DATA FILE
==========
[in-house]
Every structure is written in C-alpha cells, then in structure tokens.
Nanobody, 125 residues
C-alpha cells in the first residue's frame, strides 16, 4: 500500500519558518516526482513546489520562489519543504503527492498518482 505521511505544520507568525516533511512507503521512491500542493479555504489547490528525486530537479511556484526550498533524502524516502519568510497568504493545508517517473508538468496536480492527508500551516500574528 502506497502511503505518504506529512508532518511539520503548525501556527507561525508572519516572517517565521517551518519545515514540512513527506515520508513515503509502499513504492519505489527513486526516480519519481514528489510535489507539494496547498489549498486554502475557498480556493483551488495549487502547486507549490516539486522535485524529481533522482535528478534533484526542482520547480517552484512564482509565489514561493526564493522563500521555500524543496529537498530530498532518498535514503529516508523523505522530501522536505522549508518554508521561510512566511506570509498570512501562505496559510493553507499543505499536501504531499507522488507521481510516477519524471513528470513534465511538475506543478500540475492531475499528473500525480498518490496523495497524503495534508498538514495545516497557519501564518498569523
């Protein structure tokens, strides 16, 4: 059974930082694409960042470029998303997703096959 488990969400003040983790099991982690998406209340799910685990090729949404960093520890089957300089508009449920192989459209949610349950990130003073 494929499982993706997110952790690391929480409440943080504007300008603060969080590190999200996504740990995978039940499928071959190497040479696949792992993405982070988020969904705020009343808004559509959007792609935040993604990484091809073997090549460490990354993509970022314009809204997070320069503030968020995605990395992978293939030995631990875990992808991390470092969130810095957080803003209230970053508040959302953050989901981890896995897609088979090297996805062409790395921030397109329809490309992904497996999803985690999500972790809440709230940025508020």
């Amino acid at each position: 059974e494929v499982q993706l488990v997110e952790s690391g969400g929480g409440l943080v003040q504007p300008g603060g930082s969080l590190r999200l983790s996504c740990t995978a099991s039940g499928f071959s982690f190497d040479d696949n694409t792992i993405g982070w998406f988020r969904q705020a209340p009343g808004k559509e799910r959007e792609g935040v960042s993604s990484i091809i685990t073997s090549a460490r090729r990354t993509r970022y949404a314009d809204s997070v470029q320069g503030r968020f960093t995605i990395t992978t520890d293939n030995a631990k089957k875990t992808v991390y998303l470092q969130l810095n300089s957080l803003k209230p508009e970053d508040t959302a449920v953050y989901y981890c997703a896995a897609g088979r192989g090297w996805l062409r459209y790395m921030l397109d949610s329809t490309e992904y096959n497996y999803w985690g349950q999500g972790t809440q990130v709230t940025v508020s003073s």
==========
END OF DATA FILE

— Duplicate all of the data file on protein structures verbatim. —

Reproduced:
[in-house]
Every structure is written in C-alpha cells, then in structure tokens.
Nanobody, 125 residues
C-alpha cells in the first residue's frame, strides 16, 4: 500500500519558518516526482513546489520562489519543504503527492498518482 505521511505544520507568525516533511512507503521512491500542493479555504489547490528525486530537479511556484526550498533524502524516502519568510497568504493545508517517473508538468496536480492527508500551516500574528 502506497502511503505518504506529512508532518511539520503548525501556527507561525508572519516572517517565521517551518519545515514540512513527506515520508513515503509502499513504492519505489527513486526516480519519481514528489510535489507539494496547498489549498486554502475557498480556493483551488495549487502547486507549490516539486522535485524529481533522482535528478534533484526542482520547480517552484512564482509565489514561493526564493522563500521555500524543496529537498530530498532518498535514503529516508523523505522530501522536505522549508518554508521561510512566511506570509498570512501562505496559510493553507499543505499536501504531499507522488507521481510516477519524471513528470513534465511538475506543478500540475492531475499528473500525480498518490496523495497524503495534508498538514495545516497557519501564518498569523
């Protein structure tokens, strides 16, 4: 059974930082694409960042470029998303997703096959 488990969400003040983790099991982690998406209340799910685990090729949404960093520890089957300089508009449920192989459209949610349950990130003073 494929499982993706997110952790690391929480409440943080504007300008603060969080590190999200996504740990995978039940499928071959190497040479696949792992993405982070988020969904705020009343808004559509959007792609935040993604990484091809073997090549460490990354993509970022314009809204997070320069503030968020995605990395992978293939030995631990875990992808991390470092969130810095957080803003209230970053508040959302953050989901981890896995897609088979090297996805062409790395921030397109329809490309992904497996999803985690999500972790809440709230940025508020």
């Amino acid at each position: 059974e494929v499982q993706l488990v997110e952790s690391g969400g929480g409440l943080v003040q504007p300008g603060g930082s969080l590190r999200l983790s996504c740990t995978a099991s039940g499928f071959s982690f190497d040479d696949n694409t792992i993405g982070w998406f988020r969904q705020a209340p009343g808004k559509e799910r959007e792609g935040v960042s993604s990484i091809i685990t073997s090549a460490r090729r990354t993509r970022y949404a314009d809204s997070v470029q320069g503030r968020f960093t995605i990395t992978t520890d293939n030995a631990k089957k875990t992808v991390y998303l470092q969130l810095n300089s957080l803003k209230p508009e970053d508040t959302a449920v953050y989901y981890c997703a896995a897609g088979r192989g090297w996805l062409r459209y790395m921030l397109d949610s329809t490309e992904y096959n497996y999803w985690g349950q999500g972790t809440q990130v709230t940025v508020s003073s």